Skip to main content

No Hope, All Is Lost: A New Argument Against Nuclear Energy

MV5BNTE3MjI2NjM2N15BMl5BanBnXkFtZTYwNzUxNjY2._V1._CR96,0,221,221_SS100_Glenn Compton, chairman of ManaSota-88, a regional environmental  group (the region being Florida), writes in the Sarasota Herald Tribune about the utter terribleness of nuclear energy. Now, it's not really fun or enlightening to find these little screeds and promote them to you, because the arguments are mostly identical, have long been discredited and, we should note, are fading: a fair number of environmental activists are finding a place at their tables for nuclear energy.

However, a couple of Glenn's angles struck us as different enough, if a little grim, to highlight:

In the United States, electricity generation emits less than half of the carbon dioxide emissions. Carbon dioxide is a major contributing greenhouse gas and comes mainly from burning fossil fuels.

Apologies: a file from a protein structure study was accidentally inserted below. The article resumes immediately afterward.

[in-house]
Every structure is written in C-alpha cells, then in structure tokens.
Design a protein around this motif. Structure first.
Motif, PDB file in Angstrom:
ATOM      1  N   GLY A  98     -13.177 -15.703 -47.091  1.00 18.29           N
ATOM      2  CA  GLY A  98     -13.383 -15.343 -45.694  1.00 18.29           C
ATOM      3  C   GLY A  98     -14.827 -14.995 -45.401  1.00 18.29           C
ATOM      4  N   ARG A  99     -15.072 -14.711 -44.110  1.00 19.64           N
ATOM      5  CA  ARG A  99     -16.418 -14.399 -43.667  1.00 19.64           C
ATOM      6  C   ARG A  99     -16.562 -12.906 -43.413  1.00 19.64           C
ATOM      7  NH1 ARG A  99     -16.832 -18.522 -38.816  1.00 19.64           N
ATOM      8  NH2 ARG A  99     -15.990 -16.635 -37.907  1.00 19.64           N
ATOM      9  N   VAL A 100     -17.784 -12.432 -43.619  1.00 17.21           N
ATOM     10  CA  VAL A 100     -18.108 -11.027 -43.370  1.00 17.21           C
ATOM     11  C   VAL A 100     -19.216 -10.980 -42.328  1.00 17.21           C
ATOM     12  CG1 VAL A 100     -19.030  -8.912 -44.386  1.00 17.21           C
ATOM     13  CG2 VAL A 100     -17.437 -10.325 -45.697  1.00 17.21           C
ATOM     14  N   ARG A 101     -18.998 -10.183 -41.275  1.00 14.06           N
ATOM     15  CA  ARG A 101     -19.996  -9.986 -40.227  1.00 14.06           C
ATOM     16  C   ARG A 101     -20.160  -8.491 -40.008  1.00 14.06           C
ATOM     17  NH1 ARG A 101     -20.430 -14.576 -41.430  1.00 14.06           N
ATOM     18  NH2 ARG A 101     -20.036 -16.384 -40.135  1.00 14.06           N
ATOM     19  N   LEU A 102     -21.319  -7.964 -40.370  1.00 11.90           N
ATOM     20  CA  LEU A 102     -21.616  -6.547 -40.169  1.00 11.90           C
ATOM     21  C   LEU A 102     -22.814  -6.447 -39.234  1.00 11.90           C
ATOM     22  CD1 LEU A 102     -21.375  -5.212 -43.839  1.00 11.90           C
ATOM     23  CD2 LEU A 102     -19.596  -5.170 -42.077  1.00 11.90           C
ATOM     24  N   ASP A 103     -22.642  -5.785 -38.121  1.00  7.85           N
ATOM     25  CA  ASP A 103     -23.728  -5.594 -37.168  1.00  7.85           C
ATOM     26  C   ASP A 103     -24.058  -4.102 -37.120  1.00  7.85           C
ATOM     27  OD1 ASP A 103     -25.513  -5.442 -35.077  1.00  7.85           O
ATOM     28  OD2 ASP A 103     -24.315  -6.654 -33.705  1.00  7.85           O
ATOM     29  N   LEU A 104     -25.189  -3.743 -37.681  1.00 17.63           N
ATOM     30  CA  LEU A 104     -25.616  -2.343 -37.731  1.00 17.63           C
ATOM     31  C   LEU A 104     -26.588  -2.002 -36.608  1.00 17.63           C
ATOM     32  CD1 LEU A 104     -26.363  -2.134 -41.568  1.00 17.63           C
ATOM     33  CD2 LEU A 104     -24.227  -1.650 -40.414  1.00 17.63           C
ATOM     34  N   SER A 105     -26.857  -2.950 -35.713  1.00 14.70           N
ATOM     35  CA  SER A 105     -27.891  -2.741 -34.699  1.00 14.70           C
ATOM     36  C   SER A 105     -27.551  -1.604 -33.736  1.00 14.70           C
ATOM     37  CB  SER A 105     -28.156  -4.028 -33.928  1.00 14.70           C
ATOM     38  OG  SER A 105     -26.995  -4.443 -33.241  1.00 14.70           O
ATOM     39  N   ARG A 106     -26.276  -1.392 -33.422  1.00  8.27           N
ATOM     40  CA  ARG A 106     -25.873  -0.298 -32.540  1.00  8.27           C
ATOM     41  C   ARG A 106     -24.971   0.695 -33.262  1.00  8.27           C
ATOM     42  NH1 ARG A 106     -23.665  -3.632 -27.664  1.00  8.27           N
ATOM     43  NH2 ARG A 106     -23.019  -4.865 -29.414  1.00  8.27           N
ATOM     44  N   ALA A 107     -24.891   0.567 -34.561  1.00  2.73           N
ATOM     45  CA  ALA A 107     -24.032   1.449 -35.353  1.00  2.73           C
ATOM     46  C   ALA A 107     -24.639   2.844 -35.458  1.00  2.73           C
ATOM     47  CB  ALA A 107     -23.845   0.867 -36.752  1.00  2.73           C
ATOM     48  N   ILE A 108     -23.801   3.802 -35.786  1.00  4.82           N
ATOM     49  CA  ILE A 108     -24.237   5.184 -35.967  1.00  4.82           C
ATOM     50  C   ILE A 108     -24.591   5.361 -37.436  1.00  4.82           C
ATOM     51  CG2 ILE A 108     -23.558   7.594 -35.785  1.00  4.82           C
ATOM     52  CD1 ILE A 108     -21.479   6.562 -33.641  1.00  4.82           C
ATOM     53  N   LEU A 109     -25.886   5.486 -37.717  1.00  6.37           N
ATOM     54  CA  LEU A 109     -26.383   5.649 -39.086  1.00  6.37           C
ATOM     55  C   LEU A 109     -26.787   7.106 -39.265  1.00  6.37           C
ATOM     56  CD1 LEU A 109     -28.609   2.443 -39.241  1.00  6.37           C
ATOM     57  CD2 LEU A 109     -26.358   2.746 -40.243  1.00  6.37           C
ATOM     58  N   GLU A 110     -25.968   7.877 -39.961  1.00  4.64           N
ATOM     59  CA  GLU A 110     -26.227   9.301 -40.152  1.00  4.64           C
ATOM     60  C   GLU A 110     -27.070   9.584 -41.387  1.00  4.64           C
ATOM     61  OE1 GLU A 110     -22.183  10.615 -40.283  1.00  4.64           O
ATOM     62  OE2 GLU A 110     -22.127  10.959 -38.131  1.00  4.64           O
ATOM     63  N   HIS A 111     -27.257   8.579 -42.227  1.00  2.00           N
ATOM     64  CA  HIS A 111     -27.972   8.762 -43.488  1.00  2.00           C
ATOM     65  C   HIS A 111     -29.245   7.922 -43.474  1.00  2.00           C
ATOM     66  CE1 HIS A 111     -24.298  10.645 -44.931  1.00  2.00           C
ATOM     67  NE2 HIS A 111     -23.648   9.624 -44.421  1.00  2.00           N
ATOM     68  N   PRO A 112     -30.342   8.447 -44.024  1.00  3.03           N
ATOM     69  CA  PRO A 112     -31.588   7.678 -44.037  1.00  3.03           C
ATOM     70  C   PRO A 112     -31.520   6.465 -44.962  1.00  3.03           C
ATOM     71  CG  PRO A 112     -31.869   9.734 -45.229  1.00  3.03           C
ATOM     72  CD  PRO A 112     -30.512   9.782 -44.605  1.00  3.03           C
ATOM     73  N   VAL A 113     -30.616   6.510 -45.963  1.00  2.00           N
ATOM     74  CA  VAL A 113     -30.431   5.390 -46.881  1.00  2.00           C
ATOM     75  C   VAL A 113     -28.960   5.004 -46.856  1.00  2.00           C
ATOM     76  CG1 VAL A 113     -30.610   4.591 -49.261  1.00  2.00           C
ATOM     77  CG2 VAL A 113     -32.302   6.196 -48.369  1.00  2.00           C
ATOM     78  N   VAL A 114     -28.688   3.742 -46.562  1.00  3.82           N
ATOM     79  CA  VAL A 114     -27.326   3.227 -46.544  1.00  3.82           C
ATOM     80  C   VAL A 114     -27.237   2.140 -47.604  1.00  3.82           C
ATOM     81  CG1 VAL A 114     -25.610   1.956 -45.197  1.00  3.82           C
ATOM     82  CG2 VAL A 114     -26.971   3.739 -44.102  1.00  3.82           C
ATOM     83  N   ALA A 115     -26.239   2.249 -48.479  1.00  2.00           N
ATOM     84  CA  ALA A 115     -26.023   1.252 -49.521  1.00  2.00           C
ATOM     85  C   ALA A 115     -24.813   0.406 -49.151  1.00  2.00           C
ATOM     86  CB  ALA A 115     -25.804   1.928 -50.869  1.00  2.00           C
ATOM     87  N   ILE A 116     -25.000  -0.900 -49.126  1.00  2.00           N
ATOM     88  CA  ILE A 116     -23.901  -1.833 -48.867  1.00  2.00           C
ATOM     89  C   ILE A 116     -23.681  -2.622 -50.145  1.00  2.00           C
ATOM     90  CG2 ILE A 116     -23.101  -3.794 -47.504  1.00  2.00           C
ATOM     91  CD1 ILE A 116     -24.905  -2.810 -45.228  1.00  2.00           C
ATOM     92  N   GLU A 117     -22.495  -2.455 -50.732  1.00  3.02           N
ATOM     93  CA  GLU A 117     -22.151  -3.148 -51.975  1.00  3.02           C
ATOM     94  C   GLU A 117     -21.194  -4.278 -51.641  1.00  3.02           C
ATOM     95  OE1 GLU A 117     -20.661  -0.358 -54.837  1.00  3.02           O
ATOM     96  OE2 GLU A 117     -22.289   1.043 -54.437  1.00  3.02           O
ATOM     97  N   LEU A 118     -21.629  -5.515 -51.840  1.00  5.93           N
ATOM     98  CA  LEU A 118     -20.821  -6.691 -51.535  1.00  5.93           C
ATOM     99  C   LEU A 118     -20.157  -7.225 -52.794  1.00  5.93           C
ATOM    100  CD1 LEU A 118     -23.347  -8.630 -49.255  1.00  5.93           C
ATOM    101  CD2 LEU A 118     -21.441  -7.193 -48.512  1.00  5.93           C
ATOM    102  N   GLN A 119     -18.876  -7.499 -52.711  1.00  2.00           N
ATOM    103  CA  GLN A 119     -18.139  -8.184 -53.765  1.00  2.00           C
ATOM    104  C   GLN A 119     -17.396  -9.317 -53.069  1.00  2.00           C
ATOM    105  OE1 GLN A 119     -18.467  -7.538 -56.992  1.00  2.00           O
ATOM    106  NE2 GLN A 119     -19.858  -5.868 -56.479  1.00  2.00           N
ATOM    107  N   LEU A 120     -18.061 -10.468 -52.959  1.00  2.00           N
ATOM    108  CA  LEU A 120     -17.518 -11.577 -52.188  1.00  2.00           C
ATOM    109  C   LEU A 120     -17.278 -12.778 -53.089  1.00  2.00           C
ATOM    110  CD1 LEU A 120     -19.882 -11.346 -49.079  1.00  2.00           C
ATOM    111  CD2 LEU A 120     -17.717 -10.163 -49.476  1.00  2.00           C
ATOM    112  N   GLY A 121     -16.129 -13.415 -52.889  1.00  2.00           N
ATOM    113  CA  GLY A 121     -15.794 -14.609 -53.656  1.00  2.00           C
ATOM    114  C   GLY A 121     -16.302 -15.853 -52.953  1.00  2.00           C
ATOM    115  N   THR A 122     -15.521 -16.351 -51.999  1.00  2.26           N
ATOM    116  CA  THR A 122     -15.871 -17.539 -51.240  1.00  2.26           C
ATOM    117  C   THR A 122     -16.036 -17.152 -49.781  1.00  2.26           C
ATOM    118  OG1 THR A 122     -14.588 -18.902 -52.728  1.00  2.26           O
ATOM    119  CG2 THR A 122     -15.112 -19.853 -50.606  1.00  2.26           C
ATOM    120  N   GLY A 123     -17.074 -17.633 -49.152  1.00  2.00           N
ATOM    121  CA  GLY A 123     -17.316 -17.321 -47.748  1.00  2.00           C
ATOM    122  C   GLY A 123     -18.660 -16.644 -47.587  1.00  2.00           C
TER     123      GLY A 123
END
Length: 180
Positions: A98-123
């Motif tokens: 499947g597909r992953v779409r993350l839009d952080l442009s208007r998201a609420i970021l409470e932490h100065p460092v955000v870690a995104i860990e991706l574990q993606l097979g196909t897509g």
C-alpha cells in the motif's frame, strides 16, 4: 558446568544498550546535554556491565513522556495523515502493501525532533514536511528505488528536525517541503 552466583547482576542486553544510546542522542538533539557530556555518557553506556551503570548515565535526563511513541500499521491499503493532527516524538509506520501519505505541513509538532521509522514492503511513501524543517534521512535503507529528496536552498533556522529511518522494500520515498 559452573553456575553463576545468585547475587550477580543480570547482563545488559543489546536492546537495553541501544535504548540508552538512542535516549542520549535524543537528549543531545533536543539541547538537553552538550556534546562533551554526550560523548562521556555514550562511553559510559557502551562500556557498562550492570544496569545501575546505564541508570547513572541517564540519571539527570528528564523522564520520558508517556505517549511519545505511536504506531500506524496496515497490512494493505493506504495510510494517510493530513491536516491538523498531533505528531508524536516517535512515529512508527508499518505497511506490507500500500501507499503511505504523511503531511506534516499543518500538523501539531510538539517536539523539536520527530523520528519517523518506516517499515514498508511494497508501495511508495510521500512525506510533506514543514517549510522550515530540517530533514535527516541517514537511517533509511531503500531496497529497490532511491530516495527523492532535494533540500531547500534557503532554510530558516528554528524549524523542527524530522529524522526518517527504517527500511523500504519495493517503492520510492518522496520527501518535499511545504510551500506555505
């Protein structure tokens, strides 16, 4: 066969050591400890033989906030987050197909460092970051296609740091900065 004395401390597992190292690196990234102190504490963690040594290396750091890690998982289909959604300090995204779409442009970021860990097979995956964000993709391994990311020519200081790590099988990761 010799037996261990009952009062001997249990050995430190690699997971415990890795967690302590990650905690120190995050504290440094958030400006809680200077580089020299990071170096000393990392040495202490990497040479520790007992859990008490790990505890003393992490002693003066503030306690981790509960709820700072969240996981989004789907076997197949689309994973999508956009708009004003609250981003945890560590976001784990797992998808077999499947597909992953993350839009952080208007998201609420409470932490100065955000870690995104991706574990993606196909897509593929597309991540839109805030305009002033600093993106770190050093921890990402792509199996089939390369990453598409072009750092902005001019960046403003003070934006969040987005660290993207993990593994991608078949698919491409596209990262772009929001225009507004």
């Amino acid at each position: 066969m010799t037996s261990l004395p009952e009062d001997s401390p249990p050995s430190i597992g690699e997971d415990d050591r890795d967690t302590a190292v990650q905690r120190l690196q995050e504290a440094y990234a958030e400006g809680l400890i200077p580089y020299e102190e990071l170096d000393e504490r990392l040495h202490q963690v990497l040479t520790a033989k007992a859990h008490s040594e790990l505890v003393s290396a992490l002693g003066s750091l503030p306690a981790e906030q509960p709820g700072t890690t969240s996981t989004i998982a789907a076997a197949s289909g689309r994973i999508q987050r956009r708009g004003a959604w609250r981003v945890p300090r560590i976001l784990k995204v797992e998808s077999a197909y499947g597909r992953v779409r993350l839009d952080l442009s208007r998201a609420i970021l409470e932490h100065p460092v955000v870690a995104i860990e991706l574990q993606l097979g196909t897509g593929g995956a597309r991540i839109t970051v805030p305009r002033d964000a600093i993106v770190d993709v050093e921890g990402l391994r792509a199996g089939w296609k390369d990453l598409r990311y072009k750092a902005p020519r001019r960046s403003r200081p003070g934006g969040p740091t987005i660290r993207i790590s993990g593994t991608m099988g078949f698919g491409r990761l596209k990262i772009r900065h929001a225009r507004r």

Demand for gasoline and coal is expected to increase greatly with the predicted growth of global economies. Even if the United States were to construct as many nuclear power plants as quickly as possible, carbon dioxide emissions are projected to double worldwide by 2025. The greenhouse effect is likely to become far worse before it ever gets better.

His solution? He offers none. Things are going to get worse, nothing can stop or mitigate it, and cats will be living with dogs.

Well, here's a stab at a solution:

The choice is not between the continued use of fossil fuels or building additional nuclear power plants. Another option, cheaper than any new energy supply and causing no increase in greenhouse gas emissions, is energy efficiency.

Energy efficiency and conservation save money, reduce the need for coal mining and oil and natural gas drilling, reduce power plant emissions and make America less dependent on foreign oil interests.

Actually, this kind of thinking makes us happy we live in a society - and really a world - where corporate citizens, for all their manifest flaws, act in concert with human citizens, for all their manifest flaws, to think up ways to improve a situation in which they are essentially partners. This hands-off-the-corporate-world argument is very unusual from someone running an environmental group and one we turn a fishy eye to.